Yes, it is bad, but I think we need context before we start legislating against it.

RE: Needs Perspective
By acase on 7/28/2009 12:50:54 PM , Rating: 2
Very true. I mean, I can generally text with T9 with only having to glance for a fraction of a second to make sure it picked the word I meant. It distracts me no more then glancing at the clock, radio station, speedometer, cleavage of the girl running on the sidewalk, etc.

RE: Needs Perspective
By Jimbo1234 on 7/28/2009 1:32:40 PM , Rating: 2
1) The passenger in the front seat sees mostly what the driver does and is aware of hazards on the road. Unless they want to win a Darwin award, they will pause the conversation when it interferes with the driver's concentration.

RE: Needs Perspective
By peldor on 7/28/2009 3:59:16 PM , Rating: 2
In the last VTTI published study (2006), passenger-related distraction was involved in more rear end collisions than cell phone use of any kind (N=0). As did looking at side mirrors, eating, and daydreaming.

The big hole in the last published study was that there was no information on the frequency of non-events. How much time was spent talking to passengers or eating or using a cell phone when nothing noteworthy occurred? You need that data to actually compare relative risks. Otherwise you bias the results against the more common actions.

By uhgotnegum on 7/28/2009 10:12:50 AM , Rating: 2
Full disclosure: I'm not a scientist, studyologist, or Virginian

Keeping those in mind, why does a study of truck drivers seamlessly transition into Hondamom and Toyotateen drivers (not intentionally going with "foreign" car companies...just coincidence)? First, the license requirements are totally different. Second, a truck driver is driving all the time, for long periods of time, which is not typically the case for your average driver (e.g., of course a truck driver is more likely to text while driving...if he didn't he'd have to wait until he stopped, which could be many hours). Third, a truck driver's truck is nothing like driving a compact or full-sized car, or even an SUV for that matter, and one's habits behind the wheel of each may or may not have any impact on one's ability to maneuver, see, anticipate, or otherwise drive that vehicle.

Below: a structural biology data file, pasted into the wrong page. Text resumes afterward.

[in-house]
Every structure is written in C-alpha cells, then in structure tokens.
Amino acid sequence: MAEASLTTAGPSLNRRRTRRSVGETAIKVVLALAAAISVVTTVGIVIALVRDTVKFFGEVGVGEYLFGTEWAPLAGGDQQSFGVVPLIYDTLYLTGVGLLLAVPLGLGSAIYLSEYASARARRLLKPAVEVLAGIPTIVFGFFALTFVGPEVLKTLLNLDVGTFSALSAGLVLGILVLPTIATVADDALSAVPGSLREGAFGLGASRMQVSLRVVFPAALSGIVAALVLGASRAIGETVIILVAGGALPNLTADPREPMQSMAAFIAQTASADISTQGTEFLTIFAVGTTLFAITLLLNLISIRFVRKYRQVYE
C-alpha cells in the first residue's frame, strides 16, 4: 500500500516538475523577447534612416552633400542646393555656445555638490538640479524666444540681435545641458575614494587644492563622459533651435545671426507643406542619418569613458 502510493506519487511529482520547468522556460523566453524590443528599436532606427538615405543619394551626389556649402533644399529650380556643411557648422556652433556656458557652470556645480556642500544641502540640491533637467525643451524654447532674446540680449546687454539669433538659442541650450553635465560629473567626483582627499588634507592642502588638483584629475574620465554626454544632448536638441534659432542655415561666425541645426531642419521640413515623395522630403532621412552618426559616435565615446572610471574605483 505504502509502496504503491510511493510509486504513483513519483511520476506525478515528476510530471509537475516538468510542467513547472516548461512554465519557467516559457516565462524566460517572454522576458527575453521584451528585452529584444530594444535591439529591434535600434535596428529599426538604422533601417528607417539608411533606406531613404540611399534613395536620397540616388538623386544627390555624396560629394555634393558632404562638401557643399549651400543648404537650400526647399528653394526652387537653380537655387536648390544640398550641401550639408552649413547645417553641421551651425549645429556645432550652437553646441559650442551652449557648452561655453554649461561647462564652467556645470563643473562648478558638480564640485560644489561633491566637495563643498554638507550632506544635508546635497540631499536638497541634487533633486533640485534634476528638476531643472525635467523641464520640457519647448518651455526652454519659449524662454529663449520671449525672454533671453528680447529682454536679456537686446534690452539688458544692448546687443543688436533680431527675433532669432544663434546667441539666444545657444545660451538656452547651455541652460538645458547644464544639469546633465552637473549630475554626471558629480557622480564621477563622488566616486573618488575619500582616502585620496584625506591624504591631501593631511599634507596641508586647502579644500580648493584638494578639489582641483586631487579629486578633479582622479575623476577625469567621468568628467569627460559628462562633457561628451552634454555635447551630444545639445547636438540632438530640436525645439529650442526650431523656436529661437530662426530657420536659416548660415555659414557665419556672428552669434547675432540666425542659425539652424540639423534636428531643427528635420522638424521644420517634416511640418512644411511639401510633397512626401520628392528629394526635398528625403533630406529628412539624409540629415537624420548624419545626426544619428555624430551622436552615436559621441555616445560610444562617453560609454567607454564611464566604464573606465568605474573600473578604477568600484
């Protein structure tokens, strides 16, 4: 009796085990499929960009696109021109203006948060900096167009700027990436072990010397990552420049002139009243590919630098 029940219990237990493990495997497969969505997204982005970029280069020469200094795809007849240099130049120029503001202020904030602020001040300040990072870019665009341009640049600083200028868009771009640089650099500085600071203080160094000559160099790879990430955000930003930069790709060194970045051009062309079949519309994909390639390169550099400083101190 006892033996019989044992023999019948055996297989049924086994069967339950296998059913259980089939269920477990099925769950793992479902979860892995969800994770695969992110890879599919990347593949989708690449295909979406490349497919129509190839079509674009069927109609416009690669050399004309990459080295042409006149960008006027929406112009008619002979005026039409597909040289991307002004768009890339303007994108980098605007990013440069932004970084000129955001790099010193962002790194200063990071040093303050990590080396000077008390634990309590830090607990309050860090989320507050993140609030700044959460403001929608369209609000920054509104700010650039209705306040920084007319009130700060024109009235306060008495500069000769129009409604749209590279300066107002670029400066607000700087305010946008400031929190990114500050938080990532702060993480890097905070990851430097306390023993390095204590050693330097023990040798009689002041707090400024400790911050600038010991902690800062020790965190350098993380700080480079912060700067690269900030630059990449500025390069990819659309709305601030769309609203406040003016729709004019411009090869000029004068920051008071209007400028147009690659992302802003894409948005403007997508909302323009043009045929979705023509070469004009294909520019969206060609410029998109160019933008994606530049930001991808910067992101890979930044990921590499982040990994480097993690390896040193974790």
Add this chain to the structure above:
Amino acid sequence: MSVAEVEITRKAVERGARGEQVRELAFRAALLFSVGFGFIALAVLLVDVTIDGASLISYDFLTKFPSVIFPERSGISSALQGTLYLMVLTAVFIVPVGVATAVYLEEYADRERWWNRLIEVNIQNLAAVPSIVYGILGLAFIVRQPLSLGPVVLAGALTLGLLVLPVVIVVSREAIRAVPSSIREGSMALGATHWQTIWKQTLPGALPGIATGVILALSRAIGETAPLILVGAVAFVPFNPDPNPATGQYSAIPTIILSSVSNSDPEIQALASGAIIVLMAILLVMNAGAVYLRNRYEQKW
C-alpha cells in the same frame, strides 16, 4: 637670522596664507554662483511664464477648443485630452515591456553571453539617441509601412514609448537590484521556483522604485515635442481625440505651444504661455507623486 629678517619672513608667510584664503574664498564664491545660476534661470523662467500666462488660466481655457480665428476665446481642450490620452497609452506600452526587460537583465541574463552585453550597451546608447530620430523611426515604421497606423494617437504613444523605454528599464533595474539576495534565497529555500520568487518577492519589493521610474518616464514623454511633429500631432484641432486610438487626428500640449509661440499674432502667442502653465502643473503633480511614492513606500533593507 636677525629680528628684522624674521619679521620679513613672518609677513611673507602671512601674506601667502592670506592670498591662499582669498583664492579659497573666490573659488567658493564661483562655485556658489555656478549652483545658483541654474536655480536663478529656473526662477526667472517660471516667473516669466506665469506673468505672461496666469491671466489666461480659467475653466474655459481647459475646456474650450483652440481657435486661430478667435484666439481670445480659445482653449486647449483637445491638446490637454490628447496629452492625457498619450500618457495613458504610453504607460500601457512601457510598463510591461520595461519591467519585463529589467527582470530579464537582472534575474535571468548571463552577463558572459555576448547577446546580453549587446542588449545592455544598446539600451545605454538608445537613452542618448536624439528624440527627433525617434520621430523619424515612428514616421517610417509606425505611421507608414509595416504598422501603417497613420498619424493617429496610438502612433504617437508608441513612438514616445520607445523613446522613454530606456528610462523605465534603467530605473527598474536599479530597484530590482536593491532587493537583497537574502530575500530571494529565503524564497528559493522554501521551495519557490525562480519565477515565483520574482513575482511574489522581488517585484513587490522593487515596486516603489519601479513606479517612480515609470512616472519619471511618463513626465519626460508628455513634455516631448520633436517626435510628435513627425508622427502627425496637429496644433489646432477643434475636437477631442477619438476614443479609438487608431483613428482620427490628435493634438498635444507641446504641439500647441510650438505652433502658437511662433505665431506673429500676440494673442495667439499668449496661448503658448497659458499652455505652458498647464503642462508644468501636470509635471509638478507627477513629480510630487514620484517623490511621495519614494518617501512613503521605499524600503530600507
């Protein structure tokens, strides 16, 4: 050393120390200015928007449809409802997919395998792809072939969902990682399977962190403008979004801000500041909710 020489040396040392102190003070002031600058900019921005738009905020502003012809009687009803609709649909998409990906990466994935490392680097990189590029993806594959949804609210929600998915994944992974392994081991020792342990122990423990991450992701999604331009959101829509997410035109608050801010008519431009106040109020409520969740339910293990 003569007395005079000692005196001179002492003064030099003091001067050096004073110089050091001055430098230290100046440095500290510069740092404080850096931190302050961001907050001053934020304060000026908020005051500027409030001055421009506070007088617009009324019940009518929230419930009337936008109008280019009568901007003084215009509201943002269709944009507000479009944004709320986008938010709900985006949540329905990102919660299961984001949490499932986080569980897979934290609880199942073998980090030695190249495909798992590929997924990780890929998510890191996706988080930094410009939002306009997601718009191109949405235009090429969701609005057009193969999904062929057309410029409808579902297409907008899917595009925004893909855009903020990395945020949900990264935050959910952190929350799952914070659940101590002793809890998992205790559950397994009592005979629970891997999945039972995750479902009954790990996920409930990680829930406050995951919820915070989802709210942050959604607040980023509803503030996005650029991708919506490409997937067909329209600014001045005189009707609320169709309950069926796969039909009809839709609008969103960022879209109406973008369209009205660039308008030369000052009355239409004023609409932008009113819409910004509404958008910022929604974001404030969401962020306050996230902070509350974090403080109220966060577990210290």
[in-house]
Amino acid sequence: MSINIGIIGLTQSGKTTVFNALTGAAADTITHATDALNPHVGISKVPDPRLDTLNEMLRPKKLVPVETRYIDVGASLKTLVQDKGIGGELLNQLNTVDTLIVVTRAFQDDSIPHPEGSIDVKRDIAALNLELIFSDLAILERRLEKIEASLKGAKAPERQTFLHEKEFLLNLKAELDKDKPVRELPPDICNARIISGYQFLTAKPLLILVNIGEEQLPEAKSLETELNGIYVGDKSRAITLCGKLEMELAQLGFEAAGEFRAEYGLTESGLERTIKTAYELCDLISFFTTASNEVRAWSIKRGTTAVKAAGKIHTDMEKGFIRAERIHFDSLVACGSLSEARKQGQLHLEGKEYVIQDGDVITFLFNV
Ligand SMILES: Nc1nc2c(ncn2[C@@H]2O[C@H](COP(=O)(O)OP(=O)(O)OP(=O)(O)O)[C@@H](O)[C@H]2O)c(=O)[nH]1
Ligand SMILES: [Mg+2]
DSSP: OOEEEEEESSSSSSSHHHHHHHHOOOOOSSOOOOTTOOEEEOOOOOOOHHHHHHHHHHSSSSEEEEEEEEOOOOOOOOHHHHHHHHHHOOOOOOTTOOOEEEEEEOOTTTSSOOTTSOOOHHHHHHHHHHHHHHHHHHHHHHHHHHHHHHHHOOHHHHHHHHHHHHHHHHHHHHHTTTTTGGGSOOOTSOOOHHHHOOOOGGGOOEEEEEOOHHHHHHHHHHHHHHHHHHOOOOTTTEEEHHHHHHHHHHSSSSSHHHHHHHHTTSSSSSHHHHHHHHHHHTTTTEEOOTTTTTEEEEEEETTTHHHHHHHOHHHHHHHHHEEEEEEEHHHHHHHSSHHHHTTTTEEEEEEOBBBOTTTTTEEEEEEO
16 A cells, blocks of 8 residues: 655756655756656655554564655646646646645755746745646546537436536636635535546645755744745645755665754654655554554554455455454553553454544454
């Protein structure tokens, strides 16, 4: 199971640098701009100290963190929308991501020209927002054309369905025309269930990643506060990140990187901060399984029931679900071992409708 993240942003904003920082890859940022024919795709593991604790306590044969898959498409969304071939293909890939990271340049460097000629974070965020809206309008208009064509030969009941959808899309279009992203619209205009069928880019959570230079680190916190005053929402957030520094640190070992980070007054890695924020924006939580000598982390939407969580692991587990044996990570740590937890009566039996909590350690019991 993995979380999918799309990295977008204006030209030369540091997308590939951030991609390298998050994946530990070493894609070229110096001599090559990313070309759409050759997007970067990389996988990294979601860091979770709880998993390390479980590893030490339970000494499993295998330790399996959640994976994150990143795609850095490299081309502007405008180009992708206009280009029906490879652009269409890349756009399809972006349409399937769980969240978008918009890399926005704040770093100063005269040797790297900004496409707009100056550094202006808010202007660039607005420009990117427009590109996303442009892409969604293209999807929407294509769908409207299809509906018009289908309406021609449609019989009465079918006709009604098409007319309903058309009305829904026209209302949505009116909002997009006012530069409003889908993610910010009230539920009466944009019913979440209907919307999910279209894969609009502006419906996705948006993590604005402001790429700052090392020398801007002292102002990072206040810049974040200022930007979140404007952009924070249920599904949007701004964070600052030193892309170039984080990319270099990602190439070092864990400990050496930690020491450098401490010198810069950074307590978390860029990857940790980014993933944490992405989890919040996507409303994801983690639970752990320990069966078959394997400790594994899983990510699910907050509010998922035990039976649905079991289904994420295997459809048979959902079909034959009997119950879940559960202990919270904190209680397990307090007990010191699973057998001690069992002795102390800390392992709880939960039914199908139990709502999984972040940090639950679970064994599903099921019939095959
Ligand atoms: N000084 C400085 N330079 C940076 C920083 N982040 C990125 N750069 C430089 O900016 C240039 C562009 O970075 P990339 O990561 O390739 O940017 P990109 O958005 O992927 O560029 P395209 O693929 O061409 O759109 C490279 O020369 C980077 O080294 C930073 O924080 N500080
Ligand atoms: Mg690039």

I'm not trying to argue that texting is safe and harmless, because intuitively I don't think it is, but I just don't see this study being that relevant to me...

By uhgotnegum on 7/28/2009 10:18:23 AM , Rating: 2
One more thing...I think the author needs to put "truck" in front of all references to "driver" in the article (except for the obvious ones about the habits being similar to normal drivers...). I personally find it intentionally misleading to refer to the study as being about truck drivers and then simply refer to "drivers" throughout the rest of the article...OR, do what we do in the legal field, define the word (capital D) "Driver" as "truck driver".

By DotNetGuru on 7/28/2009 3:48:14 PM , Rating: 2
I've got an idea...

What if we used voice recognition, so you could just talk into the cell phone and it would translate this into a text message.. then when the other person(maybe driving at the time) recieves the txt, their cell could use text-to-speach and read the text message to them so they didn't have to look away from the road.
Then... OH WAIT... Just f*ckin pull over and call each other and forget the texting BS. It's retarded.

<rant>This whole discussion is retarded. I don't care that YOU THINK you're okay to drive while texting or talking or drinking or whatever. People are already stupid enough, without adding more distractions into the mix.

I'm ready to say that a decent percentage of sober, non-texting, non-talking drivers are unfit to share the road with people I care about, so when I see people doing this crap while driving next to me, it feels like they are making a statement that they don't care at all about anyone they may hurt with their incompetence.

Looking away from the road
By nafhan on 7/28/2009 9:49:01 AM , Rating: 2
The obvious thing to take away from this is that looking away from the road is a bad idea. My understanding is that talking on the phone isn't any worse than talking to someone in the car, but dialing and messing with the address book can be just as bad as texting.

Anyway, has there been a study about texting while driving a motorcycle?
(Should be the right vid, but youtube is blocked here)

By invidious on 7/28/2009 9:53:38 AM , Rating: 2
Good drivers don't text while driving, bad drivers do text while driving amung doing any number of other stupid things. Bad drivers get into accidents more often than good drivers. Unless they were texting immediately prior to the accient then texting has nothing to do with the incident. All this study confirms is texting is 23 fold more common amung bad drivers than good drivers.